China media: Ties with Vietnam

Tiananmen Square in Beijing Chinese newspapers welcome better ties with Vietnam

Media discuss relations with Vietnam, controversies over GM soybeans and calls to stop a dog-meat eating festival.

The Global Times welcomes a consensus reached between Vietnamese President Truong Tan Sang and Chinese leaders on resolving territorial disputes

"Vietnam has in recent years shown a trend of 'roping in the US to contain China', but this strategy of Vietnam's has not gone as far as the Philippines and Japan. Vietnam's relationship with the US can only be one of making use of each other, and it will neither dare nor be able to enter the US' embrace completely," it says.

Experts tell the South China Morning Post that Chinese President Xi Jinping hinted at a "more assertive foreign policy" in talks with UN Secretary-General Ban Ki-moon in Beijing.

Mr Xi stressed that China, as a permanent member of the Security Council, should wield more influence in global affairs and step up mediation in international disputes and tackle climate change.

The Global Times says the Chinese foreign ministry and experts have "slammed" a US State Department report downgrading China's efforts to combat human trafficking.

The Hong Kong Economic Journal believes the Hong Kong government has "no independent powers" to deal with fugitive US whistle-blower Edward Snowden.

It says rumours are circulating that the Ministry of Foreign Affairs has sent an official to Hong Kong to resolve the case quickly.

"This official is likely to belong to North American and Oceania Affairs Division under the Ministry of Foreign Affairs, who will handle the matter in a low-key manner. One expects that the official has tried to contact Snowden, so as to assess how valuable the information in his hands is for China," the newspaper says.

In other Hong Kong-related news, the Apple Daily, the Ming Pao and the South China Morning Post say a new University of Hong Kong survey shows that public trust in the Hong Kong and Beijing governments has plunged to the level of 2003 - when more than 500,000 Hong Kong people took to the streets.

Soy beans

Turning to domestic news, the China Central Television expresses shock at a study by a soybean association in northeast Heilongjiang province linking cancer and infertility with the consumption of genetically modified (GM) soybeans.

The association's deputy secretary-general, Wang Xiaoyu, points out that GM soybean-oil consuming regions such as Henan, Hebei, Gansu, Qinghai, Shanghai, Jiangsu, Guangdong and Fujian have a higher incidence of cancer than other provinces that consume peanut or rapeseed oil.

Last week, China's Ministry of Agriculture announced the approval of three varieties of GM soybeans to be imported as processing materials, triggering a divisive debate among experts.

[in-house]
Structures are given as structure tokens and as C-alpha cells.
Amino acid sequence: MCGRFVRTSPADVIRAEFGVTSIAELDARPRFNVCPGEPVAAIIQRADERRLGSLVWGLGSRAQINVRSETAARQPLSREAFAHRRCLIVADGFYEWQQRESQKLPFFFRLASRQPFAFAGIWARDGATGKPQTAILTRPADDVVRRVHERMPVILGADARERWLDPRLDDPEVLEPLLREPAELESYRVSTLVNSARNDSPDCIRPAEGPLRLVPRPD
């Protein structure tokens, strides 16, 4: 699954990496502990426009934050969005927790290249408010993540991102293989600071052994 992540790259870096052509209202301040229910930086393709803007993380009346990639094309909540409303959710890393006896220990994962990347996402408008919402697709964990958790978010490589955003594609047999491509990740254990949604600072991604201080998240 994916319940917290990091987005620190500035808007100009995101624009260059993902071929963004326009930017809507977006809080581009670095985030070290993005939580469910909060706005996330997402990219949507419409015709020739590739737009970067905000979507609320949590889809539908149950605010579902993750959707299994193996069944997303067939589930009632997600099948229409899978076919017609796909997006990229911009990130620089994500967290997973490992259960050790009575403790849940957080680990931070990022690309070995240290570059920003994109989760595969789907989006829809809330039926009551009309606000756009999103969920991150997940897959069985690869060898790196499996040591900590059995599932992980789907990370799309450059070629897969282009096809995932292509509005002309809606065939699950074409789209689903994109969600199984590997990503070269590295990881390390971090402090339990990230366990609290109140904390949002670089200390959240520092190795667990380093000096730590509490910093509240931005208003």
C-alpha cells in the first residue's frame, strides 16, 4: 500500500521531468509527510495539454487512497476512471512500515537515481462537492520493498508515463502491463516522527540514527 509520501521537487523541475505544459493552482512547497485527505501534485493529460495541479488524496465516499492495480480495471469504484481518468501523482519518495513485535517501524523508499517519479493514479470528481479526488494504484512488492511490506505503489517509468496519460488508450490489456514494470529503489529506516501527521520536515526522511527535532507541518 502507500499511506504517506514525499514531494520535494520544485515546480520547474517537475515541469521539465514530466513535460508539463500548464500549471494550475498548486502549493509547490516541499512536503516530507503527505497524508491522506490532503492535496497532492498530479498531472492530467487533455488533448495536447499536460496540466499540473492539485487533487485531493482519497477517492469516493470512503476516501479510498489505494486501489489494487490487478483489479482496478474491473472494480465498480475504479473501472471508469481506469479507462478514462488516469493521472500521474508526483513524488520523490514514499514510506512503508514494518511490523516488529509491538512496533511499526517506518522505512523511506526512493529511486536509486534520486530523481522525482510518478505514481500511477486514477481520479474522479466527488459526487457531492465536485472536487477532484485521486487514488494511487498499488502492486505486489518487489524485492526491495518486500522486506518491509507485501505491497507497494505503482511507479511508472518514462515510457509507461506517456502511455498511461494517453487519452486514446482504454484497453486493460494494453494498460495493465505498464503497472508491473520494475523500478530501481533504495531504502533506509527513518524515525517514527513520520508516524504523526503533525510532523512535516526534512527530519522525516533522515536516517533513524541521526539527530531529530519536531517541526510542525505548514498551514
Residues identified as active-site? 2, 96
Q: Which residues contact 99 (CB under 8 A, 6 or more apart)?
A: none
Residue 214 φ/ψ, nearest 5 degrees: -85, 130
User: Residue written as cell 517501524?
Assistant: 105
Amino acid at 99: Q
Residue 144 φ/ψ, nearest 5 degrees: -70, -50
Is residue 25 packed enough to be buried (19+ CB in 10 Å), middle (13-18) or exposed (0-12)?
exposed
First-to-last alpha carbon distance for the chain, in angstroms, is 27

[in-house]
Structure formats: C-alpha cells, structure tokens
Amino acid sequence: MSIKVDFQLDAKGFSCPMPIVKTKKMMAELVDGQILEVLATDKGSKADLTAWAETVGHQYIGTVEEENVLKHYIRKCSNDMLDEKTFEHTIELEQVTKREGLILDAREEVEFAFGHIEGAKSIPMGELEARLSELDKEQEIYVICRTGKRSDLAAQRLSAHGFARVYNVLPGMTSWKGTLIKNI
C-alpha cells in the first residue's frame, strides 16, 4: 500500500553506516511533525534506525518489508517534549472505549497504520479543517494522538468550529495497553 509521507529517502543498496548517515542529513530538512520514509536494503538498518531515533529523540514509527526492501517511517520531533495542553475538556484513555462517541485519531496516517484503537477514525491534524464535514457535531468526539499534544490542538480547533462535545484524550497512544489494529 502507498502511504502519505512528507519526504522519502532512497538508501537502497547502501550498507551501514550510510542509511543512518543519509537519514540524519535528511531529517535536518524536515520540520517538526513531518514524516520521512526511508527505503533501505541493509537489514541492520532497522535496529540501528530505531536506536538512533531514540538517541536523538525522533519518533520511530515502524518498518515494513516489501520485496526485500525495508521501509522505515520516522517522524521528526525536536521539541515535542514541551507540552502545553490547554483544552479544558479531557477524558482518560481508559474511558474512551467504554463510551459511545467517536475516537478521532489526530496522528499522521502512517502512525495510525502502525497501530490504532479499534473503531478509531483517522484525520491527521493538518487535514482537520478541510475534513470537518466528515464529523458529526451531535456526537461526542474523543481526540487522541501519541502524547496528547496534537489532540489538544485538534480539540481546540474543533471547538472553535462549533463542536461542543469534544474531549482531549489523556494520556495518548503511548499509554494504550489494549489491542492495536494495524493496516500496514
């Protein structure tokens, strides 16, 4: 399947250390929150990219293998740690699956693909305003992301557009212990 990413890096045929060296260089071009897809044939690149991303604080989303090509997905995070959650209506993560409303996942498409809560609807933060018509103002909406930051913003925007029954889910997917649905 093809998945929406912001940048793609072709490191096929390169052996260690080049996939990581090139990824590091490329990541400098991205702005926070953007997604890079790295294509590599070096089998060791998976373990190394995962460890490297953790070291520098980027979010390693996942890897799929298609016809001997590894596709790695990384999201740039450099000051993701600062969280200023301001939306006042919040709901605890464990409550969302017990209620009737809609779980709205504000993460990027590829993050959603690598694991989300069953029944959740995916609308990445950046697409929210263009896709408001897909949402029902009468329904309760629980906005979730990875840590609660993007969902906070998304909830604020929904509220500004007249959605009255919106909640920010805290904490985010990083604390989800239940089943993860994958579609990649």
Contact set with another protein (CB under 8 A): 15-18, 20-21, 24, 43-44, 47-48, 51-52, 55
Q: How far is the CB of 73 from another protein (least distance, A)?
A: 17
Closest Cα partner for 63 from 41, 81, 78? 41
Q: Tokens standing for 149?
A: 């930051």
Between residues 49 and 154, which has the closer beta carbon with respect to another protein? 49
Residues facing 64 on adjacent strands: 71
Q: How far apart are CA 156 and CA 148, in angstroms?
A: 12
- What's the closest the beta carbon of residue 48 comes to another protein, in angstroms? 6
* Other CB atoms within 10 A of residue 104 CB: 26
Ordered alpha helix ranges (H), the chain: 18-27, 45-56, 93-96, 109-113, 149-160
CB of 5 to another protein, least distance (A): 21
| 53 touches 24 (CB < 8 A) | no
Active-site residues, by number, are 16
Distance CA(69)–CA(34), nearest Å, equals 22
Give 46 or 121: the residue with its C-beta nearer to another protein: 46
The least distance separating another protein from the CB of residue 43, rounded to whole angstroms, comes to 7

Some experts raise concerns that GM imports are threatening soybean farmers and call for more efforts to protect organic farming, says the Global Times.

However, other experts tell the People's Daily Overseas Edition that the public is at no risk from the GM soybeans that underwent a three-year-long inspection and approval process and that domestically produced soybeans cannot meet demand.

Meanwhile, commentaries in the Southern Metropolis Daily and The Beijing News are calling on university students in Chongqing, Wuhan, Nanjing and other huolu or "oven" cities to press their case for installing air conditioners in dormitories calmly and rationally.

In Nanjing, university students have staged various protests, including throwing water bottles and chairs out of windows and refusing to sleep in sweltering hot dormitories.

Xinhua shows a photo of a Chongqing university student cooling off in a lake while holding up a sign demanding air conditioning in his dormitory. The city is experiencing its hottest June in 48 years with temperatures of up to 38.4 degrees Celsius.

Commentators in the Beijing Times and The Beijing News berate organisers for failing to prevent a stampede as up to 1,000 fans tried to catch a glimpse of David Beckham at Shanghai's Tongji University yesterday.

Finally, the China Daily says animal activists have been rallying to stop up to 10,000 farm-reared dogs in Yulin, in the Guangxi Zhuang autonomous region, being eaten in a "dog meat-eating festival" on summer solstice today.

Xinhua says the traditional practice in the south of eating dogs is triggering heated debate. Dog eating has been banned in Hong Kong for decades, but no ban exists on the mainland.

In an online poll by the China Philanthropy Times and the Sohu news portal, most users support the festival as a custom and believe that dog meat is not different to pork and duck meat.

On Sina news portal, internet users are split over whether caring more for dogs than other livestock is hypocritical or whether eating dogs is "civilised".

BBC Monitoring reports and analyses news from TV, radio, web and print media around the world. For more reports from BBC Monitoring, click here. You can follow BBC Monitoring on Twitter and Facebook.

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